A Sketch of Maung Nyo Win: An artist in my inner circle
The fears of being painted by a recorder of history
Whenever I think of my native land and the people there who I love, I think of the painter Maung Nyo Win, whose art is treasured in Burma. People there also respect him for his seriousness and because his face, with its big jaw, is imperturbable. Just the thought of him warms my heart.
- In Burma if you want to hear about issues the newspapers can’t talk about, you should go to a tea shop. Tea houses were where I used to meet with other activists, writers and artists, as well as where I built friendships. Within tea houses we talked about Burmese writers, literary trends we noticed, and, of course, politics. This online space attempts to emulate the conversations I enjoyed in Rangoon’s tea houses.
- Khet Mar is a journalist, novelist, short story writer, poet, and essayist from Burma. She is the author of one novel, Wild Snowy Night, as well as several collections of short stories, essays and poems. Her work has been translated into English and Japanese, been broadcast on radio, and made into a film. She is a former writer-in-residence at City of Asylum/Pittsburgh.
Maung Nyo Win is the son of the famous Burmese artist U Ba Yin Kalay. However he became famous not only because of his father, but also because of his own art.
In the 1960s and 70s, giant paintings were commissioned to advertise movies in Burma. The advertisements were about 100 feet square and covered the front sides of the cinemas. If you walked around downtown, it was almost like an exhibition. Whenever there was a new movie in the theaters, the streets of Yangon were packed with people who had come to see the new posters.
Maung Nyo Win is one of the best known movie poster-painters because his brushstrokes captured the actors’ emotions and elicited strong feelings in people. I remember admiring his posters when I was young, even though I grew up in a rural area and was not familiar with the city’s art world.
When, by fate, I became a writer, I grew even more interested in Maung Nyo Win’s art and found out about one of his extraordinary characteristics. When famous writers, poets, or artists died, Maung Nyo Win would go to the deceased as soon as possible and paint their portrait. He would finish by the light of dawn and then give the painting to the family, accepting no payment. His portraits of the dead are very skillful and alive with the subjects’ experiences. But he doesn’t paint for everyone. He has a rule.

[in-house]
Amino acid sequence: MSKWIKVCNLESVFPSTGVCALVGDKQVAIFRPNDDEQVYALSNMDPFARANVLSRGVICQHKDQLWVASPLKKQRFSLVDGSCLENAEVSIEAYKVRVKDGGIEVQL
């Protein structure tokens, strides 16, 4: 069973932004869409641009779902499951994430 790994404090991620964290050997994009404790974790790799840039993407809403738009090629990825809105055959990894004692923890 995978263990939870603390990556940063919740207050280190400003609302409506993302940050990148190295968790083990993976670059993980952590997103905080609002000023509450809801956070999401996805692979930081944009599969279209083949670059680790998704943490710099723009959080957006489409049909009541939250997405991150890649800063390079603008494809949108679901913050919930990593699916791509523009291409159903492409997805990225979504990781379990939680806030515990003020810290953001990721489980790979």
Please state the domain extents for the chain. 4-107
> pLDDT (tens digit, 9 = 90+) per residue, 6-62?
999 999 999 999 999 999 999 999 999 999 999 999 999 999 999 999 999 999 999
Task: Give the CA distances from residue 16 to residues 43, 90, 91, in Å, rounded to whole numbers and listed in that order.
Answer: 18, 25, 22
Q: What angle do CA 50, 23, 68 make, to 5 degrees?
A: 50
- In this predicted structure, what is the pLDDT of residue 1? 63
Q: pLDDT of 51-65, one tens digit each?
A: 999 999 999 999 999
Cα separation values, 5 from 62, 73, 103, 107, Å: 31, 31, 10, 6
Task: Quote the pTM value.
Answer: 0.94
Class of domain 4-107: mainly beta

When I decided to write about Maung Nyo Win, I called him and asked about his rule for painting portraits of the dead.
“I look at his or her investment in art and in life and the value people placed on him or her,” he said.
He doesn’t usually paint people who haven’t worked to support the arts and acting, or people whose work has not been acknowledged.
In late 2008, a few months before coming to the United States as a City of Asylum/Pittsburgh writer-in-residence, I suffered from a mental problem: I feared that I would die soon. Before leaving Burma I took a risk and asked Maung Nyo Win to paint my portrait. I felt like I was gambling with my life by doing this, as it was during the time when my mental problem was most severe.
When Maung Nyo Win agreed to paint me I had two strong, but different, feelings simultaneously. One was the thought that I really was going to die soon; the other was that I was honored to be on Maung Nyo Win’s list of portraits.
I stayed with him the whole time that he painted it. I was very excited, but nervous, as I was convinced that I was going to die soon and Maung Nyo Win usually only paints dead people. However, I didn’t die; moreover, I was able to bring my portrait with me to the United States. Whenever I miss my country and my friends, I take a look at this portrait and it fills me with love and pleasure.
Now, because Maung Nyo Win asked only for an investment in art and in life as a fee for the portrait, he is in my inner circle.
Translation: Courtney Wittekind